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From Markus Kohler <markus.koh...@gmail.com>
Subject Re: Patch submitted, working towards API design
Date Thu, 05 Nov 2009 15:39:50 GMT
Hi Ethan
I also thought about XMPP, but I think it's not really HTTP based, but using
raw sockets.

Also there seems to be ways around this. Google wave seems also to use
XMPP.

I think it would good to have an API that can be used by rich clients as
well as browser based applications(mashups?).

Regards,
Markus

On Thu, Nov 5, 2009 at 2:30 PM, Ethan Jewett <esjewett@gmail.com> wrote:

> Hi all,
>
> One of the key design goals of this new API is to use RESTful
> approaches for HTTP resources and Streaming approaches for
> Streaming/Message-queue resources. Which is to say, I'm trying to do
> exactly what Vassil says.
>
> So yes, I really want to do a streaming API for streams/queues, and
> I'm going to re-enable the comet-based interface in the existing API
> at the API2 endpoint just as soon as I figure out how the client
> should indicate that it wants to use Comet-based long-polling of a
> resource (which I think was what Markus was giving input on when this
> whole conversation spiraled out of control).
>
> However I don't plan on this being the long-term approach because I
> think that it is fundamentally flawed to stream over HTTP. This seems
> to be just about the least efficient way we can do this. My reading
> indicates that XMPP is probably better and AMQP is probably best. I'd
> still looking for points of view on this as I am by no means an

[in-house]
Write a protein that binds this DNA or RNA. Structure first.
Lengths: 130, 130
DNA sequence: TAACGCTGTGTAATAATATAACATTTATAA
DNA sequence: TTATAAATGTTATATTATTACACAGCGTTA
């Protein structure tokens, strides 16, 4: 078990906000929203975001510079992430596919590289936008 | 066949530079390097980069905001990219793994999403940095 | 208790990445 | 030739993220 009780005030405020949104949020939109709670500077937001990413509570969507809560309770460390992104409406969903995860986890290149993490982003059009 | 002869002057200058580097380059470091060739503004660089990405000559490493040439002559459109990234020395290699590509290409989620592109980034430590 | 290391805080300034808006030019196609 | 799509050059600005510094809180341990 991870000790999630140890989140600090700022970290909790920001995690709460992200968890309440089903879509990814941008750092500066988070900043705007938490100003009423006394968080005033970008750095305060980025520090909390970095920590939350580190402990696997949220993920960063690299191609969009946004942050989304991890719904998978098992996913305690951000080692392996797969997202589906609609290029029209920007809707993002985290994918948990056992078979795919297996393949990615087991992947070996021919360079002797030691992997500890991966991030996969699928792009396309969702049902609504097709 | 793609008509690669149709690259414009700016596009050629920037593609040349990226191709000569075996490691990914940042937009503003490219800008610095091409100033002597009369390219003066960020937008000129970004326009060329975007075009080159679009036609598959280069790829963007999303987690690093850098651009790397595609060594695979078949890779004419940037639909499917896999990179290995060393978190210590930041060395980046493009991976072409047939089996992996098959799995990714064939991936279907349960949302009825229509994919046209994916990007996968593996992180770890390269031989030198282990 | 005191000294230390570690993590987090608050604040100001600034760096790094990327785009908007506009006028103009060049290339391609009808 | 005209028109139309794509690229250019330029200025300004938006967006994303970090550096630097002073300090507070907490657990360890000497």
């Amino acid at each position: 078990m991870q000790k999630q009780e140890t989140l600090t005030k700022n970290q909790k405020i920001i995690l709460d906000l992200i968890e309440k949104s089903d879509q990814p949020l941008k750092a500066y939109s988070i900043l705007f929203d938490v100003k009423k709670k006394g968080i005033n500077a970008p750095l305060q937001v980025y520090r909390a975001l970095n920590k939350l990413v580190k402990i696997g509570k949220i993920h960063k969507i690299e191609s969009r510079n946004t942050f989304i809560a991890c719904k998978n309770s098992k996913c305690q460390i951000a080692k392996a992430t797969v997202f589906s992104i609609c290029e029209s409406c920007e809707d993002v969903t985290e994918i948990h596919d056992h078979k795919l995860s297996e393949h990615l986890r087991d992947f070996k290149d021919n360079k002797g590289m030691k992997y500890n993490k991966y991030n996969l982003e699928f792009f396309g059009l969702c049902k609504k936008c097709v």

> expert.
>
> I'm also concerned about the approach of using the Lift comet actors
> to stream, because the implementation could (and apparently will,
> based on comments from Vassil and David) change in Lift and break the
> API. The ability to abstract the implementation details is great if
> you are building a web application where you control both the client
> (browser) and server (Pulse, for example), but we are trying to build
> an API in addition to a web interface, which (at least in my mind)
> requires a reliable interface that serves as an abstraction of the
> backend, so that every implementation change on the server doesn't
> break clients. If the server implementation of the messages API
> changes, clients are not going to change, they are just going to
> break.
>
> So anyway, those are my concerns. I'm on board with the goal, I'm just
> advocating for considering other approaches. And better, I'm now up to
> speed enough to write some code to try them out! :-)
>
> Ethan
>
> On Wed, Nov 4, 2009 at 1:14 PM, Vassil Dichev <vdichev@apache.org> wrote:
> > OK, let's start the discussion again. For the API calls which are not
> > comet-related, ESME could benefit to apply the RESTful principles
> > which make sense.
> >
> > As for Comet, my team has rejected Yammer in the past for short
> > scrum-like meetings of remote teams because if everyone has to wait
> > what the others have to say, the meeting is prohibitively long (and it
> > takes less than 30 seconds to update one message). I don't claim that
> > everyone has this need or even that we're not trying to fit a tool
> > into a scenario it wasn't meant to do. But it sure is one of the cool
> > factors for everyone I've demoed ESME to. If we're not different than
> > the competition- laconi.ca, Yammer, present.ly, etc., then I'm not
> > sure we can compete just on the speed of copying features from the
> > others.
> >
> > At any rate, time will tell if Comet is a key differentiator or is
> > dragging us down. But since we have it already, why would we give it
> > up?
> >
> > I would even suggest that we have both APIs compete with each other
> > and see which one clients would choose to use.
> >
> > Vassil
> >
>

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